Aetna Hosts Summit To Address The Effects Of Child Abuse
HARTFORD, Conn.--(BUSINESS WIRE)-- According to the US Department of Justice, more than 700,000 children are victims of child abuse and neglect each year in the United States. As the issue of child maltreatment continues to grow, Aetna (NYSE: AET) hosted a thought leadership summit to address the long and short-term effects of child abuse. Also included, were discussions around the significant impact child abuse can have on mental and physical health. The summit involved leaders from Aetna; the Commissioner of Philadelphia Department of Human Services; and the Director of Lawyers for Children America.
"Research shows when traumatic events take place during one's childhood, he or she is more likely to experience health complications during adulthood," said Mark Friedlander, M.D., M.B.A., chief medical officer of Aetna Behavioral Health and child and adolescent psychiatrist. "Such complications include coronary artery disease; chronic pulmonary disease; cancer; alcoholism; depression; drug abuse and teen pregnancies. These individuals are also at a higher risk for other health concerns such as obesity; physical inactivity; and smoking."
According to the National Child Abuse Coalition, child abuse and child neglect result in about $103 billion in annual health costs. The goal of the summit was to address such costs and the correlated issues that result from child maltreatment. Summit leaders also explored the roles, responsibilities and capabilities of health care organizations related to helping individuals and employers understand the overall impact of child abuse and neglect.
The health and well-being of an adult can be altered when traumatic experiences take place during early childhood development. Some examples of trauma include emotional or physical abuse/neglect; sexual abuse; drug addiction; alcoholism; mentally ill or incarcerated family member; loss of parent due to death, divorce or abandonment; or witnessing domestic violence.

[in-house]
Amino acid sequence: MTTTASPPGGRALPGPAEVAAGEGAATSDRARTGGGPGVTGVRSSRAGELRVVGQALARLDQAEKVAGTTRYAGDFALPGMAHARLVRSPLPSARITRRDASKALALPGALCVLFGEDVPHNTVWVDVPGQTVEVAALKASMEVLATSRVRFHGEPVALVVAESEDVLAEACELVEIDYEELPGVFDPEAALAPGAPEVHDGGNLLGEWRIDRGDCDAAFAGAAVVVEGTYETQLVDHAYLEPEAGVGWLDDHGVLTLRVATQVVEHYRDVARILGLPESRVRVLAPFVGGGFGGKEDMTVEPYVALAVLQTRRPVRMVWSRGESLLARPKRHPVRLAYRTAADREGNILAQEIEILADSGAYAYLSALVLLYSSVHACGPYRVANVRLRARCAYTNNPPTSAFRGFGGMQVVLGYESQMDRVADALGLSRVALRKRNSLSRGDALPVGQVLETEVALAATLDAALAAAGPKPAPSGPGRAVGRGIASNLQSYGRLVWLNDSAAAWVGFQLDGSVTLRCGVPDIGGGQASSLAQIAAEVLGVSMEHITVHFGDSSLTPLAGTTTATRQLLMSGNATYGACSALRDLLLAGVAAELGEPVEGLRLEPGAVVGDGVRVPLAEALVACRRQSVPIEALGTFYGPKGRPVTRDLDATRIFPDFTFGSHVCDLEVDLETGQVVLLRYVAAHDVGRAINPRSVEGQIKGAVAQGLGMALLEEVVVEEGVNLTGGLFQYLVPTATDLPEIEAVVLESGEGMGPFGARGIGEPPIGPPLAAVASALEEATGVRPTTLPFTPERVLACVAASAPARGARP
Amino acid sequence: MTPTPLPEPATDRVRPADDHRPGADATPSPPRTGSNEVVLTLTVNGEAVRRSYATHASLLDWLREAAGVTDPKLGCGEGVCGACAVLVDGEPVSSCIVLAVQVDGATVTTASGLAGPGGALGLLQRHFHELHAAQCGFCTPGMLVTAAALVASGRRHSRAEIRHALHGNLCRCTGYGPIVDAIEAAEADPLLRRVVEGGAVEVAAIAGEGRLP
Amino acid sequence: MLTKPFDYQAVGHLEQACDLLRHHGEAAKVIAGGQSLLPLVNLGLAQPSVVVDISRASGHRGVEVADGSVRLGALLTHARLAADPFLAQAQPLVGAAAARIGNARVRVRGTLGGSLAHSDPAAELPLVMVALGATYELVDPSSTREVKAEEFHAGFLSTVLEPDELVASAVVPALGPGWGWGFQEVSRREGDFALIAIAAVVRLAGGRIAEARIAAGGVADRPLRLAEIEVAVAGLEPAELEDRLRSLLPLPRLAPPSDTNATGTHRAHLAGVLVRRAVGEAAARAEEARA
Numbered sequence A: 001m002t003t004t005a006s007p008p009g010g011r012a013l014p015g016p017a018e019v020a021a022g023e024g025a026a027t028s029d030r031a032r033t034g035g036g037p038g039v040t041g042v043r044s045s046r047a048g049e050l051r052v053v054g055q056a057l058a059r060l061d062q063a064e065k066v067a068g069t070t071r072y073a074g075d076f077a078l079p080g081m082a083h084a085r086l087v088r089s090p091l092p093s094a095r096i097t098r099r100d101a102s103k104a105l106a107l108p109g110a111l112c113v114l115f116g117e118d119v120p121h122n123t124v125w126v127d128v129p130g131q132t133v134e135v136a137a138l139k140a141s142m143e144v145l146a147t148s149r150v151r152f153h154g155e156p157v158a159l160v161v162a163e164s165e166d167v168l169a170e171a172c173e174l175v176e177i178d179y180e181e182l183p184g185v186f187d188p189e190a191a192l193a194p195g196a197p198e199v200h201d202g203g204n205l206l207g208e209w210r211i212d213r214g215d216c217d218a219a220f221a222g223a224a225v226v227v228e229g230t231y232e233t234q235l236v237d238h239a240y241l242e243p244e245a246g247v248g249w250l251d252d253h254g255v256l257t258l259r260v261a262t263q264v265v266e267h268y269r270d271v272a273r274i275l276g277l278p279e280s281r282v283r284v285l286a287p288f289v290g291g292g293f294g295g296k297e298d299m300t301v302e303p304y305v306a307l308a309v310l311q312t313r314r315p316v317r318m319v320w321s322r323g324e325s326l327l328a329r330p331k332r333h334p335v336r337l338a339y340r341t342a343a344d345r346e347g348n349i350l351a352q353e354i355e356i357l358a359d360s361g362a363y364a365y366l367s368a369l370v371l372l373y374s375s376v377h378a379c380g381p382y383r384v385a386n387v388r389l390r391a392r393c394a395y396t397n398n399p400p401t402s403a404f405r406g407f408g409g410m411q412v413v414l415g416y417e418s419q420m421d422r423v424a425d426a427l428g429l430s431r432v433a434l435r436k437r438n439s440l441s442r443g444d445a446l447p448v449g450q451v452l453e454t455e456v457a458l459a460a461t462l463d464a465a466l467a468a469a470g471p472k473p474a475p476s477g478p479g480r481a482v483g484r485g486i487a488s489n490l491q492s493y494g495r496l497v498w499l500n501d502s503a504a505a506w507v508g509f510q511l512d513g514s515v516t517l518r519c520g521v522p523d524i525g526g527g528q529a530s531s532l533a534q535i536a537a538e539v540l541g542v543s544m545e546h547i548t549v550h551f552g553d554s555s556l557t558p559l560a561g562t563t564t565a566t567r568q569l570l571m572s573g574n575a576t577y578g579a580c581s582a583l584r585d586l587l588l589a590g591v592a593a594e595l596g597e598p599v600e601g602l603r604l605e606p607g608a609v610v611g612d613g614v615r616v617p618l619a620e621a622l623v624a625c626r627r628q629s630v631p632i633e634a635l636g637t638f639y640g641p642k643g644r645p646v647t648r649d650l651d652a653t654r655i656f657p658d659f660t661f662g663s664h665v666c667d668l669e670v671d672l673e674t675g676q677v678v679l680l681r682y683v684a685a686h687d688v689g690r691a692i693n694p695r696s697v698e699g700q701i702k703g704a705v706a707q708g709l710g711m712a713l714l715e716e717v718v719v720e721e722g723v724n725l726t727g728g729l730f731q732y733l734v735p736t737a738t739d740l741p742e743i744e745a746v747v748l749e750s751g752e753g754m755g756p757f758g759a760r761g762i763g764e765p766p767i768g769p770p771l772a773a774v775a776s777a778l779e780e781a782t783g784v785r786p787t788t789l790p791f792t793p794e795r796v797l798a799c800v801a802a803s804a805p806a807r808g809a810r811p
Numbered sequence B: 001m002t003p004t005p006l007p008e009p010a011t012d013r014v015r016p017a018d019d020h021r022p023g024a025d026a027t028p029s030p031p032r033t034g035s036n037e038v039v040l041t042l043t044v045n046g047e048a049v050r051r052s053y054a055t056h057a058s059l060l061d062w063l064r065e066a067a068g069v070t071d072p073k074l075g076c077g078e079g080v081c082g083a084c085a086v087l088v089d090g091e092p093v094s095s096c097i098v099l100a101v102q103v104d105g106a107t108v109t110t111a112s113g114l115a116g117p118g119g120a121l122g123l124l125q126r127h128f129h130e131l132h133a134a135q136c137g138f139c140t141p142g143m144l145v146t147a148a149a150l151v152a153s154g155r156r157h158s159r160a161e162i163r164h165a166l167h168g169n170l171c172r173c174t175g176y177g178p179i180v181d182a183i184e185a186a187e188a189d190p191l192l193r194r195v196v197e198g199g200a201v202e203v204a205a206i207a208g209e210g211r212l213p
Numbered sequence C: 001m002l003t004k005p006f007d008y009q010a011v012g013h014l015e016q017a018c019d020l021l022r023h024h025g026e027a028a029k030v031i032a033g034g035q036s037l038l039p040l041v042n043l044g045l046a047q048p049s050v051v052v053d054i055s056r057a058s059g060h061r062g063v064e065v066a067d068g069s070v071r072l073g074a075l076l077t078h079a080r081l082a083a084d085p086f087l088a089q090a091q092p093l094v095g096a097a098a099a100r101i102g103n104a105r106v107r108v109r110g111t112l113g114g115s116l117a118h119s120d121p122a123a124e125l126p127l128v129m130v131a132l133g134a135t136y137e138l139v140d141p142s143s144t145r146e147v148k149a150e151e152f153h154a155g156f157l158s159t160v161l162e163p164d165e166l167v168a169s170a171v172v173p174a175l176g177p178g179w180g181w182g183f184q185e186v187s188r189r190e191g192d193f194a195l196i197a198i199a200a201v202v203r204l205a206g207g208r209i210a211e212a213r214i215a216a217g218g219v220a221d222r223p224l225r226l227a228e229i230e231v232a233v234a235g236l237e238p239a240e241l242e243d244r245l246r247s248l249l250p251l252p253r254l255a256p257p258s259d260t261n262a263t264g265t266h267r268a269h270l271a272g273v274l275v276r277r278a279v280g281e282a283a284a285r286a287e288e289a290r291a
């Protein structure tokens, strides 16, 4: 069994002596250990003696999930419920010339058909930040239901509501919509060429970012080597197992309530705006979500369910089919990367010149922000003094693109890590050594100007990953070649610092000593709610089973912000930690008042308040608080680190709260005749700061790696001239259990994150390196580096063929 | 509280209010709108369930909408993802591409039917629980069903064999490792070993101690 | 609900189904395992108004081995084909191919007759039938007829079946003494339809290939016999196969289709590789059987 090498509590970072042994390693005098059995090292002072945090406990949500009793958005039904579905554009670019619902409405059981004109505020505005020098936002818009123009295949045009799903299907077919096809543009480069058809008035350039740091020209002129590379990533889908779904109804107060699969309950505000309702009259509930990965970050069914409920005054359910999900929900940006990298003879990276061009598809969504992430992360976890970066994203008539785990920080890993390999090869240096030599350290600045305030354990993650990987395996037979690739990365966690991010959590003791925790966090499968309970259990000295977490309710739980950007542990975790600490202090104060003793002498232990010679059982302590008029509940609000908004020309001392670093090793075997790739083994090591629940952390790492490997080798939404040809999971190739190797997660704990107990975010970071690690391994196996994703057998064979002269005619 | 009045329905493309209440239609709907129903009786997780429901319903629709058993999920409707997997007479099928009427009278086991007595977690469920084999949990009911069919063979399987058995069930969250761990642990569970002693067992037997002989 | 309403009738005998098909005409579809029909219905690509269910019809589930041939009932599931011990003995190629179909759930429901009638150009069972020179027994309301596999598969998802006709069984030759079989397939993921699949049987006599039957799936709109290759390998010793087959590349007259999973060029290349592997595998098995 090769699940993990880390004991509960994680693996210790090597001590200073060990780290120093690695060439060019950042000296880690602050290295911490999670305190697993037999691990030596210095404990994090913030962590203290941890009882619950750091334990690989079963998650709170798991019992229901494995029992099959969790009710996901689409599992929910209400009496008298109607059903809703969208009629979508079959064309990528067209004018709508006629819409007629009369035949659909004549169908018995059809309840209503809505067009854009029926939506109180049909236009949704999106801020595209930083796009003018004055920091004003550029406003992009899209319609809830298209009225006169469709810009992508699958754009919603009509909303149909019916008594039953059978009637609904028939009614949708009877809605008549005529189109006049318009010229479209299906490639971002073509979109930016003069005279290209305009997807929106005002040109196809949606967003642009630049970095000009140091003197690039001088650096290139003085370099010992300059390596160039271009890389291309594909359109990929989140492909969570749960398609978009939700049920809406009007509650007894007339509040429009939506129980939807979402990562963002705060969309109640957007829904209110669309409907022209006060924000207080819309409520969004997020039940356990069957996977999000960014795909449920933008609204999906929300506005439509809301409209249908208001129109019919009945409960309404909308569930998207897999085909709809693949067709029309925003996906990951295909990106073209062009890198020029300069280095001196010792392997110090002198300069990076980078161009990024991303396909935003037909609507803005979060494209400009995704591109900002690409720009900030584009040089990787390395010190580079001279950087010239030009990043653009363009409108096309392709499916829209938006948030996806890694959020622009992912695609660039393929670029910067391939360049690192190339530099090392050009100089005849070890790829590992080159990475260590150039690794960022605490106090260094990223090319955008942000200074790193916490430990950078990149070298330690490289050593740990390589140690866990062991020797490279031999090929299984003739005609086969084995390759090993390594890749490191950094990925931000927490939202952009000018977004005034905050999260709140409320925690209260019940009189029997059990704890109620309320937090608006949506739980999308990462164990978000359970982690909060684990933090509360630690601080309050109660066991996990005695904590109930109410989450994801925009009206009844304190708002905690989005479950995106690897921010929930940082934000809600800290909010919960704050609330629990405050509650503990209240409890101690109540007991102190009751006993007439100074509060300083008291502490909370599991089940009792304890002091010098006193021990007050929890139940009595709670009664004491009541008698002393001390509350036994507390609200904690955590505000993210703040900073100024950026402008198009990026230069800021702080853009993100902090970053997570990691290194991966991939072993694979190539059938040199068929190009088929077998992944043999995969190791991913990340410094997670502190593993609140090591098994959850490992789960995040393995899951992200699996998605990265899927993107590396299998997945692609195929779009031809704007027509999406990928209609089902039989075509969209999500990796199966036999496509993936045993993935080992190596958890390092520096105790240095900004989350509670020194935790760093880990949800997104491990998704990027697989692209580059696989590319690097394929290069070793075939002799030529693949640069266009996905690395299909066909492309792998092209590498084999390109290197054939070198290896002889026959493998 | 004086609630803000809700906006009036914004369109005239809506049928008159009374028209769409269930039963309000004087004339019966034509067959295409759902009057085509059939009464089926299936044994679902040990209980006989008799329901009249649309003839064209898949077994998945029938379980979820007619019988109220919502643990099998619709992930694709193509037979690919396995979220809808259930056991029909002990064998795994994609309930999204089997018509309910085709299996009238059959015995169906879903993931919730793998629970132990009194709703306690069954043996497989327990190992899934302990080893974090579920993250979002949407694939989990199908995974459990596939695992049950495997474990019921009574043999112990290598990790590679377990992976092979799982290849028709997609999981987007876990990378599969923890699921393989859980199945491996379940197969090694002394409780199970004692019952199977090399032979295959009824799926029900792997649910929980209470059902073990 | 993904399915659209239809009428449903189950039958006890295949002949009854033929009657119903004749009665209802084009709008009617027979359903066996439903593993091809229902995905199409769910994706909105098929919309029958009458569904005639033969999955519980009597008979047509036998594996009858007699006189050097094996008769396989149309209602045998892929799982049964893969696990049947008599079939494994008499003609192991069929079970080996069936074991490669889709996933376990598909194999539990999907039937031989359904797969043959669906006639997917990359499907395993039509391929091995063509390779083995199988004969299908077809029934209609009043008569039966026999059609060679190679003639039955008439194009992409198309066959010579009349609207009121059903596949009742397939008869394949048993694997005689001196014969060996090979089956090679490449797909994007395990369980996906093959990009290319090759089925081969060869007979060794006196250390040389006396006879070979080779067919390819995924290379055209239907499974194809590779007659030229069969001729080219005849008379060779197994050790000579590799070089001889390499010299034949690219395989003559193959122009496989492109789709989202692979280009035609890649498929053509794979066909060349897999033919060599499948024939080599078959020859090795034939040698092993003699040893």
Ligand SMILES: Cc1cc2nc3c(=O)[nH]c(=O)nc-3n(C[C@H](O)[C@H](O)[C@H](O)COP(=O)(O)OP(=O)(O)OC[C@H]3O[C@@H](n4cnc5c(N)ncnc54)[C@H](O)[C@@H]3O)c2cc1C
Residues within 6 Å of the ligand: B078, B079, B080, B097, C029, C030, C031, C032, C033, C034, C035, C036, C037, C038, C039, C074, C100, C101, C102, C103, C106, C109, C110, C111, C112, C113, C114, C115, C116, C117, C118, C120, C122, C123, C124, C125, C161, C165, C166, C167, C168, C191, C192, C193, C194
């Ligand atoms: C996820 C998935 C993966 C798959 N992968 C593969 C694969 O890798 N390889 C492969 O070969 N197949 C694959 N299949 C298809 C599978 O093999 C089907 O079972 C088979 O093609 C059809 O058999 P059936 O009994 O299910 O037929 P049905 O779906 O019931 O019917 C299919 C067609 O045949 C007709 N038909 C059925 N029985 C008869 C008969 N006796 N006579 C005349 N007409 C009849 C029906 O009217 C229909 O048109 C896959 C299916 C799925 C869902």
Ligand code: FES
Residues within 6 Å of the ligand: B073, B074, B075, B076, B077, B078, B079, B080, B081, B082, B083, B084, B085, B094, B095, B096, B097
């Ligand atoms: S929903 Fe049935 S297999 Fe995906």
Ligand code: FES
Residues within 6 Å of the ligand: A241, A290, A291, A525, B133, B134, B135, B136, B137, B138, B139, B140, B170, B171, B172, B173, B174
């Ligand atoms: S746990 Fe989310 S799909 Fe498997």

"Untreated child abuse has been associated with a variety of psychiatric and medical issues that can persist over many years," said Roomana Sheikh, M.D., Aetna medical director and child and adolescent psychiatrist. "In fact, research shows adults with a history of hostile childhood experiences have an overall lower health status; poorer educational and occupational outcomes; and difficulties in interpersonal relationships, especially intimate relationships."
Aetna continues to educate health care professionals of both the physical and emotional consequences that result from child abuse and maltreatment. Aetna is currently working to improve the effects by:
Promoting treatment approaches that focus on well-being; resiliency; social confidence; self-management skills; and building healthy relationships.
Working with community leaders on various pilot programs.
Collaborating internally within Aetna to handle sensitive or complex member situations.
Teaming up with organizations such as the Department of Human Services; Child Protective Services; and other local and state agencies.
Aetna is one of the nation's leading diversified health care benefits companies, serving approximately 36.7 million people with information and resources to help them make better informed decisions about their health care. Aetna offers a broad range of traditional, voluntary and consumer-directed health insurance products and related services, including medical, pharmacy, dental, behavioral health, group life and disability plans, and medical management capabilities, Medicaid health care management services and health information technology services. Our customers include employer groups, individuals, college students, part-time and hourly workers, health plans, health care providers, governmental units, government-sponsored plans, labor groups and expatriates. For more information, see www.aetna.com.
Samantha Coppola, 860-273-8864
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